Since that early century warming, temperatures have risen well-beyond those achieved during the Medieval Warm Period across most of the globe.  The National Academy of Sciences Report on Climate Reconstructions in 2006 found it plausible that current temperatures are hotter than during the Medieval Warm Period.  Further evidence obtained since 2006 suggests that even in the Northern Hemisphere where the Medieval Warm Period was the most visible, temperatures are now beyond those experienced during Medieval times  (Figure 1).  This was also confirmed by a major paper from 78 scientists representing 60 scientific institutions around the world in 2013.

Secondly, the Medieval Warm Period has known causes which explain both the scale of the warmth and the pattern. It has now become clear to scientists that the Medieval Warm Period occurred during a time which had higher than average solar radiation and less volcanic activity (both resulting in warming). New evidence is also suggesting that changes in ocean circulation patterns played a very important role in bringing warmer seawater into the North Atlantic. This explains much of the extraordinary warmth in that region. These causes of warming contrast significantly with today’s warming, which we know cannot be caused by the same mechanisms.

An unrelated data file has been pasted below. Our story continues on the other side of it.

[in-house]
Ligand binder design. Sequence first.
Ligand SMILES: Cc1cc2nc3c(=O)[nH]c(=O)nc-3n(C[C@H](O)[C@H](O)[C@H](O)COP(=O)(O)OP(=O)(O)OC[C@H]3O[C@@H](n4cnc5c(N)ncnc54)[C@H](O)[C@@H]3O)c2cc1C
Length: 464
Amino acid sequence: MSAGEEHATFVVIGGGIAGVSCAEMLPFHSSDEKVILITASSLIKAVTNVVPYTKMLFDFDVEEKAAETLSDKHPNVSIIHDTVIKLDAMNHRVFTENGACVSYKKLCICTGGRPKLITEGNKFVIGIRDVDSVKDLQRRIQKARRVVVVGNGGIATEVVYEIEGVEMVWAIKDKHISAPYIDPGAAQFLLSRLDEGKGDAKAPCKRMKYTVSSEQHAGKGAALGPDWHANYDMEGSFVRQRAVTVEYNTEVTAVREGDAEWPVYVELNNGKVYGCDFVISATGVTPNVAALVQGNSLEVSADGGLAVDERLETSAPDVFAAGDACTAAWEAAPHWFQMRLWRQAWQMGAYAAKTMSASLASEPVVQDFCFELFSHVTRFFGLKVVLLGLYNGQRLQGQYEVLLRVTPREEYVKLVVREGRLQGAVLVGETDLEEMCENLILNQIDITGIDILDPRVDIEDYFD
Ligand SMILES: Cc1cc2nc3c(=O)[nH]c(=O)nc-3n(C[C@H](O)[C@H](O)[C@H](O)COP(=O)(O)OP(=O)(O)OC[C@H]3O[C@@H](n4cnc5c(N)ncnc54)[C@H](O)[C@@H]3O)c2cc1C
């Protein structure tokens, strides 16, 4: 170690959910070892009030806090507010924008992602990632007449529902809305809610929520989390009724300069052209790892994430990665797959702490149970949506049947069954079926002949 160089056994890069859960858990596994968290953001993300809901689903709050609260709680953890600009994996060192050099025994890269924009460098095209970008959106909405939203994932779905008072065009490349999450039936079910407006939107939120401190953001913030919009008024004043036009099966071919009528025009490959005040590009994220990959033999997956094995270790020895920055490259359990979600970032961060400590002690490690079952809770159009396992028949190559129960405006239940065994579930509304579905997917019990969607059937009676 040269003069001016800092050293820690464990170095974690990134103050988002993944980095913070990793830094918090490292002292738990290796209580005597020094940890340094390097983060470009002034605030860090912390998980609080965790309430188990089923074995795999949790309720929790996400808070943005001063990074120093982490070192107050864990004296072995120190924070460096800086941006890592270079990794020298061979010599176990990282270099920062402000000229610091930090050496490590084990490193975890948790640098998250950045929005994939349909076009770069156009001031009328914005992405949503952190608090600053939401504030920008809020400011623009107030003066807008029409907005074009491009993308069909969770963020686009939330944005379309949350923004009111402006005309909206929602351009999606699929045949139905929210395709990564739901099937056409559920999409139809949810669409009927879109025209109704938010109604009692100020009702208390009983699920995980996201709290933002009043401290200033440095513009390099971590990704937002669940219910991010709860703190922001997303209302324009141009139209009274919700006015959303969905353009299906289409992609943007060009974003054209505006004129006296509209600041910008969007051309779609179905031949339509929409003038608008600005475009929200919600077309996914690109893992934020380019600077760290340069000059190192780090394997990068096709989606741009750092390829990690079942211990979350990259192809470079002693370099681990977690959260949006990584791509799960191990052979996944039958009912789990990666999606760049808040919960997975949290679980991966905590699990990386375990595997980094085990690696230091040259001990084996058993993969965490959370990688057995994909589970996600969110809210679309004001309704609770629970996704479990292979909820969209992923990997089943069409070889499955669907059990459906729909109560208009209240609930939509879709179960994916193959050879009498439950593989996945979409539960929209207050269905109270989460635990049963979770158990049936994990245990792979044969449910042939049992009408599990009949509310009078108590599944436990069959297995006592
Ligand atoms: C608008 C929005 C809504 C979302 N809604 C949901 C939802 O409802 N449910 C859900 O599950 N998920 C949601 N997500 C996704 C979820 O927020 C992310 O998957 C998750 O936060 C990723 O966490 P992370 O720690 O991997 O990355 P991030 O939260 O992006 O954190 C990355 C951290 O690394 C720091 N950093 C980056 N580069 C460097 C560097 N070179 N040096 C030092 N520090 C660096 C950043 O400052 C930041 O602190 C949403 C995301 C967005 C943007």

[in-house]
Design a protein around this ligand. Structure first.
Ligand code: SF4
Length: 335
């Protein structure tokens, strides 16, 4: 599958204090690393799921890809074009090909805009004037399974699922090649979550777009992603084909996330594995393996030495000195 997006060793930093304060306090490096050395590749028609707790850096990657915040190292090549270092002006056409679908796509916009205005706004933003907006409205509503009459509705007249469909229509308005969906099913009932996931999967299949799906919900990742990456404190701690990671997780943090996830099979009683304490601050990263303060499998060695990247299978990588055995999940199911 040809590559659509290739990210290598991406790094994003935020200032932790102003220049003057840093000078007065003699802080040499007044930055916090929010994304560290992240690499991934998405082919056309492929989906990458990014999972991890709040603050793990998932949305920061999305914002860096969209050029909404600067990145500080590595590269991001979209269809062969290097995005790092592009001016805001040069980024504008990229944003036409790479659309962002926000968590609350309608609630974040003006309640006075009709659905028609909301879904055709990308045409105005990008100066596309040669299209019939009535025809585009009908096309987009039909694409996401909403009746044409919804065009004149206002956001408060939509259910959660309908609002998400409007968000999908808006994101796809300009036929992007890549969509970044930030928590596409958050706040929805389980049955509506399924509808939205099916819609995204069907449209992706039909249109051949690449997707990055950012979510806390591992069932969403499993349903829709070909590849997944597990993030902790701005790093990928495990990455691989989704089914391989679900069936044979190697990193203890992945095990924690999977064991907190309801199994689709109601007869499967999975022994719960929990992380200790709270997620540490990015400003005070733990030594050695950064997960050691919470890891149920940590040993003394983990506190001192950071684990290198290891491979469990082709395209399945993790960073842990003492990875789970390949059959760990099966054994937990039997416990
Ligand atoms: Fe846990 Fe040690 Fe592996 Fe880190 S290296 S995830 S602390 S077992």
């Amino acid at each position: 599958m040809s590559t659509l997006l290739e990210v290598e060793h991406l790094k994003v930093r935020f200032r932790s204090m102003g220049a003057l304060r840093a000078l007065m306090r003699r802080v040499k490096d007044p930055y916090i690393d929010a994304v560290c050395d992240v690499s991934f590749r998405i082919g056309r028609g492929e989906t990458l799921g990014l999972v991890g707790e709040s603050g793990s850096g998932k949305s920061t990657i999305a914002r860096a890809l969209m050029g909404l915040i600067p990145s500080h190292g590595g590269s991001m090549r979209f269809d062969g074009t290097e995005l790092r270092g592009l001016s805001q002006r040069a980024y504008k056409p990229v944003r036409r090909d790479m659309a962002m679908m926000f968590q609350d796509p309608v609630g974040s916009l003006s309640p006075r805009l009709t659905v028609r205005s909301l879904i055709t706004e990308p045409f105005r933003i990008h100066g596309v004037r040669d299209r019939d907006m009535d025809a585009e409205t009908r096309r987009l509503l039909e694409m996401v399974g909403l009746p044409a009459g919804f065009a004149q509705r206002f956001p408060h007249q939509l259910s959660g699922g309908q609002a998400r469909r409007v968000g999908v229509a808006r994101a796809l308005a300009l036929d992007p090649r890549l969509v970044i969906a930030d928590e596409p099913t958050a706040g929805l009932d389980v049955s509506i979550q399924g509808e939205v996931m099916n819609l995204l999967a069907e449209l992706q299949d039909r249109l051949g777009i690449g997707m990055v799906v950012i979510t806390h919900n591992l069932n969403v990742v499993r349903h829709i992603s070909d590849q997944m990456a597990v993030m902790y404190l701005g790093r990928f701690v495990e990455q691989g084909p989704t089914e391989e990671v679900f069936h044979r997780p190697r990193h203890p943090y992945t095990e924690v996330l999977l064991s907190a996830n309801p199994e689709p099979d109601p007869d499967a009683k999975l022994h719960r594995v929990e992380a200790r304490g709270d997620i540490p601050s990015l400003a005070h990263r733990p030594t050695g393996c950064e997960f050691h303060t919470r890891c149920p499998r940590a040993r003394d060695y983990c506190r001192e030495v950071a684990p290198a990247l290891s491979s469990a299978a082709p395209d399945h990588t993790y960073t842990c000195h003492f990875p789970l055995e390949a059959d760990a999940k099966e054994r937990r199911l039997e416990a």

However, at the center of the WH attack is the “uncertainty principle.” That is, the proposition that we cannot act on the threat of global climate change because it is possible that our conclusions are not airtight. Thus, they include this quote from Syukuro “Suki” Manabe: “Don’t put your model in a race with nature. Your model will lose this race.” The quote is literally accurate but taken out of context. What Manabe did in his work was to simplify his models, taking out complexities and, thereby, isolating specific factors in climate change. See here. Manabe believes in the reality of CO2 driven climate change and the basic accuracy of climate models.